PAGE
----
It is difficult to escape the notion that Middle Eastern democracy is something of an oxymoron. The democratic credentials of any of the regimes or states in that great arc from the Atlantic to the Gulf (min alMuhit illa al-Khalij in the Arab nationalist parlance of yesteryear) are far from impeccable. Even the democratic nature of the much-vaunted "only democracy" in the region is circumscribed by the inherent tension between its Jewishness on the one hand and its self-proclaimed democratic ethos on the other.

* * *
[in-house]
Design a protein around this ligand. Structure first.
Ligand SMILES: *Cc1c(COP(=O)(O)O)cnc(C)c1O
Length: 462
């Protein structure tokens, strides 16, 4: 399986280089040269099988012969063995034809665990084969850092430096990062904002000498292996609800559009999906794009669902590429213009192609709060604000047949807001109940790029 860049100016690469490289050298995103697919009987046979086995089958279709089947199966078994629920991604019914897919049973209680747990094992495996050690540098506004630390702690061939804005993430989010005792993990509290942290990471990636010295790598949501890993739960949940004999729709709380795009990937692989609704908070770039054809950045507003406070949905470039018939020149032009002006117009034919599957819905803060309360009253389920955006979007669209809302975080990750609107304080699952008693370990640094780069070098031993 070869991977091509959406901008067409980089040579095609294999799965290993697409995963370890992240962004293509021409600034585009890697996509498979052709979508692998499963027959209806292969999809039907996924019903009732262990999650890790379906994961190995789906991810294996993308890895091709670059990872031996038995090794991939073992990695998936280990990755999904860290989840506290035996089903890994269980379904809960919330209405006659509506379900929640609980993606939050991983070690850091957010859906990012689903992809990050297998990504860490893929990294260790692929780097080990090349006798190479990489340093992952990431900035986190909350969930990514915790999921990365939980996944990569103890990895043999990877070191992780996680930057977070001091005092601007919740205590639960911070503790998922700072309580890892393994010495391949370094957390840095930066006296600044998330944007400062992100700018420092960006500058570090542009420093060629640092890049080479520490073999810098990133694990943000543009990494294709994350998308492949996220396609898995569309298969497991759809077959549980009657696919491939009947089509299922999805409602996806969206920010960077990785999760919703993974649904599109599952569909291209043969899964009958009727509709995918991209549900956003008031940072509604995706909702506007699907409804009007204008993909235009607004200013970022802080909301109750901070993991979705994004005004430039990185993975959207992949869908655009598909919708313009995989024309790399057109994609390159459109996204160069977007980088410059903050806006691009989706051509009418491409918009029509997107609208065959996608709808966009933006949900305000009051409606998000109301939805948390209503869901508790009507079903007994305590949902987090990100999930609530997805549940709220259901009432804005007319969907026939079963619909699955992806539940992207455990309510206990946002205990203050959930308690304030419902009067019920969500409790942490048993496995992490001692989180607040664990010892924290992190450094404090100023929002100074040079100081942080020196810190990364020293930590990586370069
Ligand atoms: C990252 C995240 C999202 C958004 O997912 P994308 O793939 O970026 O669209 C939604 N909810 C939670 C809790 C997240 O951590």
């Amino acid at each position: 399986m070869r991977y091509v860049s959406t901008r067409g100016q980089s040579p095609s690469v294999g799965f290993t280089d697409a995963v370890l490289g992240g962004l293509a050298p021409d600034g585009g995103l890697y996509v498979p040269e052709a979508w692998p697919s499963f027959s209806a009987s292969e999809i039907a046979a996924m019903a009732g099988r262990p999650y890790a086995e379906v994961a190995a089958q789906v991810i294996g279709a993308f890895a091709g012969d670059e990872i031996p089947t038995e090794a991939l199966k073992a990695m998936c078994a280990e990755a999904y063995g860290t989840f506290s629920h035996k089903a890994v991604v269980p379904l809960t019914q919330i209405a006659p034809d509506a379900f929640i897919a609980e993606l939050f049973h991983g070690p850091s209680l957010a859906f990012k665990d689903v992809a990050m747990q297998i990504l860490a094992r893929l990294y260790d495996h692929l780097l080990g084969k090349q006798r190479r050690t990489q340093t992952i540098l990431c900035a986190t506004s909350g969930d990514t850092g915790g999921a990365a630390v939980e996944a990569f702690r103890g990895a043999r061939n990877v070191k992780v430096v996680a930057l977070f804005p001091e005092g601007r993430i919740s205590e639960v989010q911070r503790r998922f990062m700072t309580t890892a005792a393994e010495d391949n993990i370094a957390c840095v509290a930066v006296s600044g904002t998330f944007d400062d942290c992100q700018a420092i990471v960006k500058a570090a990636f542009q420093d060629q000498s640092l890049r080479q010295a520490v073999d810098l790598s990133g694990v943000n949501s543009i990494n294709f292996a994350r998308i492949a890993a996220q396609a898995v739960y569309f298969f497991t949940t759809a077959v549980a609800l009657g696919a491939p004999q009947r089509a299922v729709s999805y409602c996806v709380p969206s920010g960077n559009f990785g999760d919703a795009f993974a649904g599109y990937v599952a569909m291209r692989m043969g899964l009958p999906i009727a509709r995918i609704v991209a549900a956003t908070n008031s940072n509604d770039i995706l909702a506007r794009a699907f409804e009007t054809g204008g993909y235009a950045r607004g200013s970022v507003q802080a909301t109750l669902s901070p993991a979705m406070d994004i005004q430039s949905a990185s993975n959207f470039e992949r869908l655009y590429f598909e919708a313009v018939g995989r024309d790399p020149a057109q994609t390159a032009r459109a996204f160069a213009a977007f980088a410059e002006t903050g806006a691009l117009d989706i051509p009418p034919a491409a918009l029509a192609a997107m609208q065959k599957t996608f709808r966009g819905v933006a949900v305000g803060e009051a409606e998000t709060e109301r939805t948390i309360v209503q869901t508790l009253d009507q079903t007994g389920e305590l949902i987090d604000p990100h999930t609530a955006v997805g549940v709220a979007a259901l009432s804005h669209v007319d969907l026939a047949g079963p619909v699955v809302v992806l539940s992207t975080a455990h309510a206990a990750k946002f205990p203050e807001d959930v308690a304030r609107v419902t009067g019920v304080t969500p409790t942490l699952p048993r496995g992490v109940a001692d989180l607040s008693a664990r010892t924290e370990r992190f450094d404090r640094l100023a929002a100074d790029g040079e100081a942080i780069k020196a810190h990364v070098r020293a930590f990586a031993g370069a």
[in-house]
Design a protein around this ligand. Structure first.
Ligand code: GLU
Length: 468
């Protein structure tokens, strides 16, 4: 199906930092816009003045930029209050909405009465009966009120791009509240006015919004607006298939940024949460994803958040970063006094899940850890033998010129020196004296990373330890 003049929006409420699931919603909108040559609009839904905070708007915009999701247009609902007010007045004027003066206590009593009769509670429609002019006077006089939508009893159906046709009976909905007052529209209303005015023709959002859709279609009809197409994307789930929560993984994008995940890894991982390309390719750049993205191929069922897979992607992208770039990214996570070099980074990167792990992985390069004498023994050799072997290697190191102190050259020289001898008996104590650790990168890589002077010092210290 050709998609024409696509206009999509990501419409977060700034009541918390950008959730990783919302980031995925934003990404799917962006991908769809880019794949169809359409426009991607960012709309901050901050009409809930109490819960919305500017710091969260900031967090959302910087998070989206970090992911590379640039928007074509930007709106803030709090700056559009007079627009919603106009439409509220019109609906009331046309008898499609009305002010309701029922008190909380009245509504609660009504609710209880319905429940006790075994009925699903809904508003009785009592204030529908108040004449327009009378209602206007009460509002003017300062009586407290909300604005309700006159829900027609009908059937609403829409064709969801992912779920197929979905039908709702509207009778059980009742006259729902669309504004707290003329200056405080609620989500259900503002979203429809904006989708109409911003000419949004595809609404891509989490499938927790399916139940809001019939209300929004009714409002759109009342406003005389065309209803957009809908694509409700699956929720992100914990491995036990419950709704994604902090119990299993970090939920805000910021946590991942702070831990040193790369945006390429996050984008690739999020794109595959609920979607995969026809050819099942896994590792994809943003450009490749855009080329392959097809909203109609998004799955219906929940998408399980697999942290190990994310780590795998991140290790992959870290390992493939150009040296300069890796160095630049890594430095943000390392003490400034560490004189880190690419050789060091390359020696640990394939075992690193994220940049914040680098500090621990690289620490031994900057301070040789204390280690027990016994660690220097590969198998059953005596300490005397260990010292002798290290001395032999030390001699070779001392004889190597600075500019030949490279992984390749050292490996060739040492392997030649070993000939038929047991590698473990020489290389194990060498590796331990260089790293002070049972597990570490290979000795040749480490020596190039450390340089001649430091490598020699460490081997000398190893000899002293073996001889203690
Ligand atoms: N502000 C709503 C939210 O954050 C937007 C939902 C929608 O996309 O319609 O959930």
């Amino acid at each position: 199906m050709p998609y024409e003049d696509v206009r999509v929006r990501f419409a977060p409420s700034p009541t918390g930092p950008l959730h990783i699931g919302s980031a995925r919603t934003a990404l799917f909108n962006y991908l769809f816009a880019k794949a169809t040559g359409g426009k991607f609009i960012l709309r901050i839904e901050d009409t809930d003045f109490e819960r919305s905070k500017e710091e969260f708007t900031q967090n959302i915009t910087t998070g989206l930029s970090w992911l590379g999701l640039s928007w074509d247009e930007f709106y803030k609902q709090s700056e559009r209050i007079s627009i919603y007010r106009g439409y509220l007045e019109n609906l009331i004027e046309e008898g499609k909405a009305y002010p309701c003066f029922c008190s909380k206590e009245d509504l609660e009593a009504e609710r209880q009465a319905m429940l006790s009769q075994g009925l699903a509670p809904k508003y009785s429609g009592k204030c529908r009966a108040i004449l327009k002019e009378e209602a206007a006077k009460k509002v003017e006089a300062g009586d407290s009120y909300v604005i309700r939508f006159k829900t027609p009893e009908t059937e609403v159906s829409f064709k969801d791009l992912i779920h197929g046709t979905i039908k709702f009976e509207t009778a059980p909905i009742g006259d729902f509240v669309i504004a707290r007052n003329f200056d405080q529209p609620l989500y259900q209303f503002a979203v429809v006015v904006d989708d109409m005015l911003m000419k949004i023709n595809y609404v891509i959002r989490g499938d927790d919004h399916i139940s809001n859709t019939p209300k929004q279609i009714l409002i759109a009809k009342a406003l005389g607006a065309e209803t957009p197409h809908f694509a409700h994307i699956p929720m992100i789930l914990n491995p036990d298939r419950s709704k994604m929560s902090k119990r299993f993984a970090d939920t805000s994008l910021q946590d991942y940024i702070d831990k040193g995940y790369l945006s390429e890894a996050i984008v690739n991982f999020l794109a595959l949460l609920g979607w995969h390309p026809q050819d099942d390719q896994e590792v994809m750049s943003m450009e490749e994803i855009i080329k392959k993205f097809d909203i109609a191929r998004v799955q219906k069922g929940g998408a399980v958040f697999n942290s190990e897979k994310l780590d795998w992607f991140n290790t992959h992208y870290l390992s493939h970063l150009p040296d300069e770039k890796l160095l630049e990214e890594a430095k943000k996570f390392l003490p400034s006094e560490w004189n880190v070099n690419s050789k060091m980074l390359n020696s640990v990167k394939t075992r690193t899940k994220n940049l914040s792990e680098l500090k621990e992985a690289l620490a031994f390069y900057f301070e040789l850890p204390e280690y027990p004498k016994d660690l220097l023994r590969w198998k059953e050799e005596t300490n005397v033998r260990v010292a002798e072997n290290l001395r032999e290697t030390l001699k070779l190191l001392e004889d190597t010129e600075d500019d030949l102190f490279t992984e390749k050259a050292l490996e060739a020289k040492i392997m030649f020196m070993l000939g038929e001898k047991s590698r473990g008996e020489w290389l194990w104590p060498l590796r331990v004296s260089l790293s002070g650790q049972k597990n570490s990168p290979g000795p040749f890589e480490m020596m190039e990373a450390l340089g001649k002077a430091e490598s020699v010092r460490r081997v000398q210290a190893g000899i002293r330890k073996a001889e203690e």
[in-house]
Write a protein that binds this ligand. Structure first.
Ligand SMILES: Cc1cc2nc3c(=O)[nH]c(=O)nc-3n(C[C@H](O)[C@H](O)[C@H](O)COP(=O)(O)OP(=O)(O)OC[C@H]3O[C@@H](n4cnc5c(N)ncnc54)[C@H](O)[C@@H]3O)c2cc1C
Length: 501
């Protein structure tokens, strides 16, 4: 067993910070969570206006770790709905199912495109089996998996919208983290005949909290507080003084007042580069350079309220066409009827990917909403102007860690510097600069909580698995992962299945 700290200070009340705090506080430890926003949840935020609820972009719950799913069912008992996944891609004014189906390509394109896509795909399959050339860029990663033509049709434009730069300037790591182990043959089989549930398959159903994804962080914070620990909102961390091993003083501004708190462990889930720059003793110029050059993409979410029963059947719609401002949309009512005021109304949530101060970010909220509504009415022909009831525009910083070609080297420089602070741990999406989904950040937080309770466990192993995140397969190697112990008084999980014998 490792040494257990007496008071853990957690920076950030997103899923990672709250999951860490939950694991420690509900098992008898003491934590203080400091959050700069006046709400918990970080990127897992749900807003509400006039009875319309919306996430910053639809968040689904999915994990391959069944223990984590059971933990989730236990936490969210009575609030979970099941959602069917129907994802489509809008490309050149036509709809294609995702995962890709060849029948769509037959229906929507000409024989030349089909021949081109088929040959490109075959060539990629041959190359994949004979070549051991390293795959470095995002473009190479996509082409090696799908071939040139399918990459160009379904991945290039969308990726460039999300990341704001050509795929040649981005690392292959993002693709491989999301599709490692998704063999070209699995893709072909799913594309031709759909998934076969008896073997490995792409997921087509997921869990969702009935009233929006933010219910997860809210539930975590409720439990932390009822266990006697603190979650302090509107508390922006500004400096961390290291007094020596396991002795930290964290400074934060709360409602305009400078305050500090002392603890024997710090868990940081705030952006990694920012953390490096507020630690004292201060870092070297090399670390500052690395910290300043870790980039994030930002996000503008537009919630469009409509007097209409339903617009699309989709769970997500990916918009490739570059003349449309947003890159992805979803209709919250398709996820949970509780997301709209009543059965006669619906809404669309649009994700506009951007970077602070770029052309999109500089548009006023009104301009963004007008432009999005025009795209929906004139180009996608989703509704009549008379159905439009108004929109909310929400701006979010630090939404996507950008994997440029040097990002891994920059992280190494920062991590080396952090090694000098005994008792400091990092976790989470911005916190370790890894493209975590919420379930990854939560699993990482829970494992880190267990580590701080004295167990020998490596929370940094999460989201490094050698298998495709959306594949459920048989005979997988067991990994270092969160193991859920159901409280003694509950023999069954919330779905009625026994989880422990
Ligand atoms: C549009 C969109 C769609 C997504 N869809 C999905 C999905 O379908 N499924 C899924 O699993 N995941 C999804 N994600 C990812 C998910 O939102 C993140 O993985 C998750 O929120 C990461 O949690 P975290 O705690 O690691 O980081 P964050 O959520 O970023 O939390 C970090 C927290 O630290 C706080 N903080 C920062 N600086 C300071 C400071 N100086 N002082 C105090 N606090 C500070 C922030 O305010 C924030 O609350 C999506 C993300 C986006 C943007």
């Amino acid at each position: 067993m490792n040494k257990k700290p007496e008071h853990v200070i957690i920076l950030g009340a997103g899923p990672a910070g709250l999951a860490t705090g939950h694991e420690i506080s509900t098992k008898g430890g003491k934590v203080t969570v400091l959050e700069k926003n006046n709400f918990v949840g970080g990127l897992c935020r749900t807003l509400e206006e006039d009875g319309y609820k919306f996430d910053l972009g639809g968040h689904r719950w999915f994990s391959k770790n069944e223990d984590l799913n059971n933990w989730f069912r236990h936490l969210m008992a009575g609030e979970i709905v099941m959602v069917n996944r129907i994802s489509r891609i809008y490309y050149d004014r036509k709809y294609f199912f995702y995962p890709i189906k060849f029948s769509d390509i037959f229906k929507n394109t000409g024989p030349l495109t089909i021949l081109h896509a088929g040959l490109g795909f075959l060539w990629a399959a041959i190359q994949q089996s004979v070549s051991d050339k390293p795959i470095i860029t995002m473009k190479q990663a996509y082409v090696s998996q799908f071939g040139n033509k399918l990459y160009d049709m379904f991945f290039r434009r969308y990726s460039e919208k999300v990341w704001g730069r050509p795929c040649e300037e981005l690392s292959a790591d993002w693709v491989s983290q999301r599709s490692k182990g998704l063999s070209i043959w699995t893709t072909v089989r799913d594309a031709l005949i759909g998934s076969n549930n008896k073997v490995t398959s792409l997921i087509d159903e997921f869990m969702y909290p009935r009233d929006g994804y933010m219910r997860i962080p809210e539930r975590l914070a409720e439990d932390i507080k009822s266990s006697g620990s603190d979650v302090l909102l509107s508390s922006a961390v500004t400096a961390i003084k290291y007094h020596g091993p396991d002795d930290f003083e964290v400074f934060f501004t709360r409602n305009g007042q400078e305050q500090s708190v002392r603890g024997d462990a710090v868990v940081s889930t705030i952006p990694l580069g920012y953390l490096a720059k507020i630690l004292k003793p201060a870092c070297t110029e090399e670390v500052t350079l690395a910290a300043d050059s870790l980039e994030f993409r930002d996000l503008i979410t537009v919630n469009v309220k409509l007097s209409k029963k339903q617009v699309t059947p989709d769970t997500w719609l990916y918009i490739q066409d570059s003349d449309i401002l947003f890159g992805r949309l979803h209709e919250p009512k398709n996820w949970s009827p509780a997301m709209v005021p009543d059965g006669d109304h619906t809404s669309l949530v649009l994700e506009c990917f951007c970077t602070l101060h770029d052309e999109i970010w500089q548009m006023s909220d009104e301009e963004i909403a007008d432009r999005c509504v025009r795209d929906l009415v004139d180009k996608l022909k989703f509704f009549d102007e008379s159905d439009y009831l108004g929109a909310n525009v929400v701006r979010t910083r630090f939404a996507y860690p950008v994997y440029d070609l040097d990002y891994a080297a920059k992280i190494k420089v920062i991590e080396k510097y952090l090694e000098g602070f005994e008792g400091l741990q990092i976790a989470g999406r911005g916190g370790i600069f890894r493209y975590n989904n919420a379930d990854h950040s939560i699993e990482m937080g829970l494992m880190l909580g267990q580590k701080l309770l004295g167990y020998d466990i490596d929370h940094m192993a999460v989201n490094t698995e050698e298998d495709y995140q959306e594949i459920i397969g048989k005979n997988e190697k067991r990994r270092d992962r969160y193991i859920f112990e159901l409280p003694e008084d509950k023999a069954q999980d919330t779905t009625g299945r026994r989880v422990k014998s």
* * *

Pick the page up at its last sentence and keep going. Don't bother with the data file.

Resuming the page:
When we look, then, at the Palestinians' first serious excursion into democracy with the recent elections, what are we really talking about, and what can we expect?
Ahmad S. Khalidi is the editor of JPS's sister publication, Majallat alDirasat al-Filastiniyya, and a fellow at the Royal Institute of International Affairs in London. This paper is based on his remarks made at the RIIA's Chatham House on 23 January 1996.